Welcome . . .
April 22nd, 2018 
Joan Cheuk
Sales Representative



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cell:416-930-8981
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GOVERNMENT PROGRAMME
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  • If you are going to share a place, try to see the place together.

  • On your first time apartment hunting, don't take your checkbook with you. It will prevent impulse buys or discourage high pressure tactics.

  • Dress appropriately. Landlords don't have to let you have a place just because you want it.

  • Location - Is it convenient? Is it near public transportation? Make sure that your apartment is in a safe area, or on a safe street.

  • House or apartment? Each have advantages and shortcomings. Consider all of them before renting.

  • Is the building and grounds clean and maintained?

  • Look for safety features, such as smoke detectors, door and window locks, outdoor lighting, and fire extinguishers.

  • Are the doors sturdy? Is the lock a deadbolt? Is there a chain?

  • Closely look at the fridge and oven.

  • Are features like tennis courts and pools important to you?

  • Look for fire detectors and carbon monoxide detectors.

  • Check to see if the windows open.

  • Have a good look in the closets. Will all your clothes fit?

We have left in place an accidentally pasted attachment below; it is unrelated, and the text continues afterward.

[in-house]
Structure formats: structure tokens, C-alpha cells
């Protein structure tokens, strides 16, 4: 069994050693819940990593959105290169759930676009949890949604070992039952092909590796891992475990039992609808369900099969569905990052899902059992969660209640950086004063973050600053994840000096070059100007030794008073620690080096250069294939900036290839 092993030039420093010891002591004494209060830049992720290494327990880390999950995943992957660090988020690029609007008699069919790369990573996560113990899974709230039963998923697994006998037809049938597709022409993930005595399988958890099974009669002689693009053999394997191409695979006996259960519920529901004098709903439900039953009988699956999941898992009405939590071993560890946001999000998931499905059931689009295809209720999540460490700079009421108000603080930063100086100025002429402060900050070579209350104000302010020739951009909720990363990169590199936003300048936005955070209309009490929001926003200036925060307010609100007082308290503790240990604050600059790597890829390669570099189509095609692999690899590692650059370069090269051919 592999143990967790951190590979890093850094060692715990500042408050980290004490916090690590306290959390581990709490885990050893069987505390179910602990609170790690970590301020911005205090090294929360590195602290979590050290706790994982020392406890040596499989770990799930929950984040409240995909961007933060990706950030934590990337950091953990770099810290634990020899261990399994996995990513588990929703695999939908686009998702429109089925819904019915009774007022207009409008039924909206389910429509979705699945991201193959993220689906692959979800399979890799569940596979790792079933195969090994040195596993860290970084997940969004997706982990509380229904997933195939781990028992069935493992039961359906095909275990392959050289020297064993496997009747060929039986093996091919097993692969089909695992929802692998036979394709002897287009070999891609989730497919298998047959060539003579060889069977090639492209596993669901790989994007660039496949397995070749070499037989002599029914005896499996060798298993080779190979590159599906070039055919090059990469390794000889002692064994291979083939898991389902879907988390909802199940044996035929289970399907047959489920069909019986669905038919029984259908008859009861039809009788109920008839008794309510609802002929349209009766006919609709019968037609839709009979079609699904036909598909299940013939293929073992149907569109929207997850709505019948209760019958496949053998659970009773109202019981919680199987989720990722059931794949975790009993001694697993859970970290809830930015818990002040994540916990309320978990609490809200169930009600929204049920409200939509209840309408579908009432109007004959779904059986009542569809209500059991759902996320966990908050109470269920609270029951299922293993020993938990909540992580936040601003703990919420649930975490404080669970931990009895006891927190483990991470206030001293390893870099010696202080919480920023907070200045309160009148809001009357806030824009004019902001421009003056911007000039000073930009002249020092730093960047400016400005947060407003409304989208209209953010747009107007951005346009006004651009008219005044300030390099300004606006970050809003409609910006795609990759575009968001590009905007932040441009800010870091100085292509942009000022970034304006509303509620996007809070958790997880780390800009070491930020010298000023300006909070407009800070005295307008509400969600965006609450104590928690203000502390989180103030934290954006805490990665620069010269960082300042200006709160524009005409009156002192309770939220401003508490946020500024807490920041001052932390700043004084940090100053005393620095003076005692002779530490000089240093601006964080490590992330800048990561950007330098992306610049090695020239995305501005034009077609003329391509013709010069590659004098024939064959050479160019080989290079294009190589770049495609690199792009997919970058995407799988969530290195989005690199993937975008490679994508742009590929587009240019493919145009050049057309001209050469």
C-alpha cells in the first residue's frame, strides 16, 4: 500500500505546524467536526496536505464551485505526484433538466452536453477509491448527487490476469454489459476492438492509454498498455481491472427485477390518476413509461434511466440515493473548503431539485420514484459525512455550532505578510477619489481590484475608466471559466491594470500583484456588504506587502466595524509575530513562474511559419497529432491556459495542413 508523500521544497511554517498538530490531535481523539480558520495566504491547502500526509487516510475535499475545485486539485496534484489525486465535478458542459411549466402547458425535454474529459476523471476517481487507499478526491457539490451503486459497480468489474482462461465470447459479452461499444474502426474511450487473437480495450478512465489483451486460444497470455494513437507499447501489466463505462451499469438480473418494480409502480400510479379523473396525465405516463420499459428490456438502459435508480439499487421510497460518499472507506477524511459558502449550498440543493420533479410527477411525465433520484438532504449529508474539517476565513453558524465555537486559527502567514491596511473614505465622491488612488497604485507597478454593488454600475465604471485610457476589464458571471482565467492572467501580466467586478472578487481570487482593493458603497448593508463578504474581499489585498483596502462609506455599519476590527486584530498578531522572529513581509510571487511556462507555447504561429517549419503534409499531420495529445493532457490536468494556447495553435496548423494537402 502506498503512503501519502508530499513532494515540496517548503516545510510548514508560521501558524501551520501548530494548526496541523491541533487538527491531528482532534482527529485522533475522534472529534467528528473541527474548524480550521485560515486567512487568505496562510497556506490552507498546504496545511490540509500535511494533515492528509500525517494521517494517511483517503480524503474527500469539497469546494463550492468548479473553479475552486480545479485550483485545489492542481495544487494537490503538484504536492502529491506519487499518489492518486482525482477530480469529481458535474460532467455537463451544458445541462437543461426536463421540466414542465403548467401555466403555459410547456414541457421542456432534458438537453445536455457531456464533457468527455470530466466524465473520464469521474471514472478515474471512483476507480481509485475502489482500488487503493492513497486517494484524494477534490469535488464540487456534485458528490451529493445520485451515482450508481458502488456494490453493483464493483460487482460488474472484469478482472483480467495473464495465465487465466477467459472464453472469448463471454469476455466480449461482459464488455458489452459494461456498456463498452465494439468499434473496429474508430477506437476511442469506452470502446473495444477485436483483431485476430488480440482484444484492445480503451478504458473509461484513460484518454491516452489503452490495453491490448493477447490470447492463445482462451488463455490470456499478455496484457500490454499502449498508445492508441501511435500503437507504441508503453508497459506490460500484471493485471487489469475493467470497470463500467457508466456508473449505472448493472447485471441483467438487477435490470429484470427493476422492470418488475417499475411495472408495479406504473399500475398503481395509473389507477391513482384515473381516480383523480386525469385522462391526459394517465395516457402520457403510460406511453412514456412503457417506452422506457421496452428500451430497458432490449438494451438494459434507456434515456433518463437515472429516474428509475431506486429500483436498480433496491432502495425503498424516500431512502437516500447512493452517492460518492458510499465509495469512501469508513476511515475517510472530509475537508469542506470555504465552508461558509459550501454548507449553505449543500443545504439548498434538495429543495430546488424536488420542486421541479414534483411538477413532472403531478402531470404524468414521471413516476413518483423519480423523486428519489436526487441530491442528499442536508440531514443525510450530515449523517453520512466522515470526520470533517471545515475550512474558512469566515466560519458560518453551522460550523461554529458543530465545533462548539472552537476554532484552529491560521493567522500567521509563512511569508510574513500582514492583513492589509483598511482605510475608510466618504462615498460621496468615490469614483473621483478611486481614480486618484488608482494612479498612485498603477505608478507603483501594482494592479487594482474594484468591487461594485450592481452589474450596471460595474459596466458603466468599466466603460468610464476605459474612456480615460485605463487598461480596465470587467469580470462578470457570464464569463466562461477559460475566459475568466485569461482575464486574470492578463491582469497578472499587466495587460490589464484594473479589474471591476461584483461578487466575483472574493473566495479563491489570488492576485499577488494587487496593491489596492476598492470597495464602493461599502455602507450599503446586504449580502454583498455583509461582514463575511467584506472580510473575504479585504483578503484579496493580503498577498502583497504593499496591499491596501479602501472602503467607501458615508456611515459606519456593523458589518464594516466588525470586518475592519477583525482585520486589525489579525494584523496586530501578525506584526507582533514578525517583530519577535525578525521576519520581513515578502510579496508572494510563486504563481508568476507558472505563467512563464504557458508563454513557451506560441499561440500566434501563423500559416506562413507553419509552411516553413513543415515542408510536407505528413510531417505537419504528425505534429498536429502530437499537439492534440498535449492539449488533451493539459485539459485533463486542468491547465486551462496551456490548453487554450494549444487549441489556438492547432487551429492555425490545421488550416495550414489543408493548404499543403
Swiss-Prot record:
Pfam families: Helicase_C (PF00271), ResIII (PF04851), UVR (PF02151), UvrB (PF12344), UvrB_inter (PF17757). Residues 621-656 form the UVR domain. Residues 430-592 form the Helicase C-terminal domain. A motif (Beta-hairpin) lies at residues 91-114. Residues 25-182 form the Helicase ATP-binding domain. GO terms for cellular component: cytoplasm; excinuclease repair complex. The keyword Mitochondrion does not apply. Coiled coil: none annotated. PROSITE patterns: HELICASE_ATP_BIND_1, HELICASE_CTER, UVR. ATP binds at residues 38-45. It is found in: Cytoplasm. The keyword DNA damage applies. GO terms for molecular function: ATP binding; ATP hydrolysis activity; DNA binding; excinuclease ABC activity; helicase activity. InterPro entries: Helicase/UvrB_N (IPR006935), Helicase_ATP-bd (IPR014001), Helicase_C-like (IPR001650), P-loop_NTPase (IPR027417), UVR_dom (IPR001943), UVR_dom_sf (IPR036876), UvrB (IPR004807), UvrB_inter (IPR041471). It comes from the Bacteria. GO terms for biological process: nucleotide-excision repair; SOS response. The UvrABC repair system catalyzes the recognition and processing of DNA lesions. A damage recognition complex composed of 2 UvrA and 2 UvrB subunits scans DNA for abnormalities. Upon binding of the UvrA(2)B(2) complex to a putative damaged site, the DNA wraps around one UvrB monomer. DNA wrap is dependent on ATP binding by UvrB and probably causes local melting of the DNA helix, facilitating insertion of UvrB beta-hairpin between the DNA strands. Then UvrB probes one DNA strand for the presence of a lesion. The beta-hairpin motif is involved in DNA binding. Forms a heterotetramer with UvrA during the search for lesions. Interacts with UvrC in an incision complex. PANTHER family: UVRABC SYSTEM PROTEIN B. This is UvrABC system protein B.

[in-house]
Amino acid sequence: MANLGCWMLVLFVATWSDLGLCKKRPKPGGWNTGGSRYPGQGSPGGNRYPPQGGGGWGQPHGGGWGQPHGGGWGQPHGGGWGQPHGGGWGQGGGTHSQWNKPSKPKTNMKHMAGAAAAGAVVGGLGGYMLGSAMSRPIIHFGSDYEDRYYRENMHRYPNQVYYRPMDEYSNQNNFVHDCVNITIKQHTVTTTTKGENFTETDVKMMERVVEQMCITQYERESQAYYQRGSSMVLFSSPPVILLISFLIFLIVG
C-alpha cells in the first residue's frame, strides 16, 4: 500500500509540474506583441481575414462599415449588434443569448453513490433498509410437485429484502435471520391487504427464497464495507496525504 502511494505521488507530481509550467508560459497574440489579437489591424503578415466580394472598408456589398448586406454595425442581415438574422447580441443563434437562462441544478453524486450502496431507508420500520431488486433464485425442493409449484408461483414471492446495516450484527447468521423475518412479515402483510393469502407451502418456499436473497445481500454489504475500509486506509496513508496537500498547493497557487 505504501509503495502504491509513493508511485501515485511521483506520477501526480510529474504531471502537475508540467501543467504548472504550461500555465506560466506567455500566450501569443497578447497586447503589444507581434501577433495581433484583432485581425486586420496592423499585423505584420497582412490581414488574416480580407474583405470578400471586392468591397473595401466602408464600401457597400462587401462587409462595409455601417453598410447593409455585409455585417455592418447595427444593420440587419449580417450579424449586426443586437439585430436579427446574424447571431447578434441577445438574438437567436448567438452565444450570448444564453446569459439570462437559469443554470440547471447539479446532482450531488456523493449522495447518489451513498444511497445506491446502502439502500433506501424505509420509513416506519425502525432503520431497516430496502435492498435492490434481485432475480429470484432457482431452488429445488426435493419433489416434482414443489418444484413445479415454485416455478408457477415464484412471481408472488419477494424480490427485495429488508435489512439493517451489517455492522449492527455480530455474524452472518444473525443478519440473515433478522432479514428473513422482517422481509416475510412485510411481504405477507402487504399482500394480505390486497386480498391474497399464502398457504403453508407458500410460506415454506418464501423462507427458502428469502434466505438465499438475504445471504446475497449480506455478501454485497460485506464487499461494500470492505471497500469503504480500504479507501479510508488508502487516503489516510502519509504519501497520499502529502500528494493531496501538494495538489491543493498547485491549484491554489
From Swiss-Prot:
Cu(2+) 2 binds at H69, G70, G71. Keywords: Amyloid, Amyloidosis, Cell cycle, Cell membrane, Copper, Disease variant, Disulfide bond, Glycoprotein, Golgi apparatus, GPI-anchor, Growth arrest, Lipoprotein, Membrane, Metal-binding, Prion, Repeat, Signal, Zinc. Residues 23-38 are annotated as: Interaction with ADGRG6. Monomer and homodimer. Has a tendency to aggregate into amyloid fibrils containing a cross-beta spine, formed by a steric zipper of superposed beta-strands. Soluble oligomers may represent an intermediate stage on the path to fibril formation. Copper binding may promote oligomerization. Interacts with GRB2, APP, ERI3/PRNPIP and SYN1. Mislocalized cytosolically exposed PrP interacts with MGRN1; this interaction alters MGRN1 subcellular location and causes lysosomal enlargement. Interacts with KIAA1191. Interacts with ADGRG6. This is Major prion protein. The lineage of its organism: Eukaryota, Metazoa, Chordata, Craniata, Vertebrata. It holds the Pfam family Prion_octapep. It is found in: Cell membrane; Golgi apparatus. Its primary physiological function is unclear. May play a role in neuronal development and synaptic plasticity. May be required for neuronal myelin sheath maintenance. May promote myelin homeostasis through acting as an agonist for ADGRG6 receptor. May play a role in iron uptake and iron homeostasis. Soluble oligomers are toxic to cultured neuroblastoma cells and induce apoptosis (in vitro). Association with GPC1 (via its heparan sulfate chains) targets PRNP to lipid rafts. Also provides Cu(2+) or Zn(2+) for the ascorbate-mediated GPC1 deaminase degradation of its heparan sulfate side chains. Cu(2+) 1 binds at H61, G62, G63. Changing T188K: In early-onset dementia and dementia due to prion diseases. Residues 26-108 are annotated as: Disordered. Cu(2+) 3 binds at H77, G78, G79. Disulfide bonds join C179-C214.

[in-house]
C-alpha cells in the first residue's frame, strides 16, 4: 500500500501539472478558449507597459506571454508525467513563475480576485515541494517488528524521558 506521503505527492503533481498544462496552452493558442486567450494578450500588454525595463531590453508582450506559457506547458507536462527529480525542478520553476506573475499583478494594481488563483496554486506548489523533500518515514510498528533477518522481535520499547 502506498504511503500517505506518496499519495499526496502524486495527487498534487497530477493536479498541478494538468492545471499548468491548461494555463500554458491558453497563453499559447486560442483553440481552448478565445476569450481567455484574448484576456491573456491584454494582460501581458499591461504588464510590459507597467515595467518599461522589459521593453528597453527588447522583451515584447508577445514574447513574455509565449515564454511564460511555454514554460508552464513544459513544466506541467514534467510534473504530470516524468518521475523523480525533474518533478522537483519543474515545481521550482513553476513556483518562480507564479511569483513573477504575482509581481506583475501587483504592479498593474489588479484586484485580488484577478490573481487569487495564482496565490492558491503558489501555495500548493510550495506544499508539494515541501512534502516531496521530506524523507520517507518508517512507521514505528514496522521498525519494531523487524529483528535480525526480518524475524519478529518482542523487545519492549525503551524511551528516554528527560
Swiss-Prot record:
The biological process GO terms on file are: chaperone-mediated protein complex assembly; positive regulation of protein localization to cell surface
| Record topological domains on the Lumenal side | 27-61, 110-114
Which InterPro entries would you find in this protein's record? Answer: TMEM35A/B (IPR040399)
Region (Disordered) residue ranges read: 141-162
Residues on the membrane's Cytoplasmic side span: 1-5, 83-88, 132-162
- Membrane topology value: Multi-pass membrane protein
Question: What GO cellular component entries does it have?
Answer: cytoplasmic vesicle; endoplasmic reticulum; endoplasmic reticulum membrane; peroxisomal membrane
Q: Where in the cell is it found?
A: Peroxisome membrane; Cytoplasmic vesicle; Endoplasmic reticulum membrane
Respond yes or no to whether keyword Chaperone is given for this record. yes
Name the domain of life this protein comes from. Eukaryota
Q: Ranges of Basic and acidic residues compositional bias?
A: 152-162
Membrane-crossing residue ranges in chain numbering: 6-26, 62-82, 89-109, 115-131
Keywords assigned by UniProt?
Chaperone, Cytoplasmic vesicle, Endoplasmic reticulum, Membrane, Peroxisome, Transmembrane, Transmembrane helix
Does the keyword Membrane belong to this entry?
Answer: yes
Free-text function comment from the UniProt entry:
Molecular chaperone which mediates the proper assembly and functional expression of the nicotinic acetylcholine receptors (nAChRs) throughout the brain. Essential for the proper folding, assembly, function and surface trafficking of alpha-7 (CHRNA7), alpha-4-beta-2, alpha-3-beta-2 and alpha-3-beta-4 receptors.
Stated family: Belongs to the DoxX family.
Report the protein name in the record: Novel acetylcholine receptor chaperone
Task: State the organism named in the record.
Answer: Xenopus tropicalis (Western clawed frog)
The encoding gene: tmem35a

• Try and evaluate how thin the walls between the bedrooms are. Thin walls can be a major source of squabbles.

  • Does the landlord seem friendly and responsible?

  • Do the potential neighbors seem compatible?

  • If you have any pets, make sure they're allowed.

  • Tips to help Renters Move 

    Make sure you ask friends and family to help you with your move. If you try to do it alone, you may end up breaking something or it may take you a lot longer than you think.

    Collect boxes ahead of time. Stuffing your clothes in plastic bags does not work. Ask friends and family to save any boxes they have 4-5 weeks before you move. Start filling them with things you won't need right away like winter clothes.

    Label you boxes with a magic marker. Write what is in the box and where it will go in your new home.

    Leave time to clean your new place. Even though it may be empty, most tenants try to move in the first day they can. That leaves the landlord little time to do a thorough cleaning if the place was rented until the day you move in.

    Expect to do some cleaning to the point you are comfortable.

    Expect to do some repairs & painting in your new place. Ask the landlord if it is ok to paint rooms in your house or apartment. Many times there is no time between tenants switching that it is difficult to paint every year, and if it is painted the color may not be what you like. Try agreeing to paint if the landlord buys the paint, you will likely get permission.

    Figure out where you want your belongings before you move them in. This will save time rearranging things later, and less things will get broken.

    Do a walkthrough of the property before you move in. Put any problems in writing and present them to the landlord. Make sure you keep a copy until you move out.

    Put your name(s) on the mailbox so the mailman knows who lives in your rental. Make sure you check with your landlord first.

    Ask your landlord ahead of time about where you are allowed to store your belongings.


     

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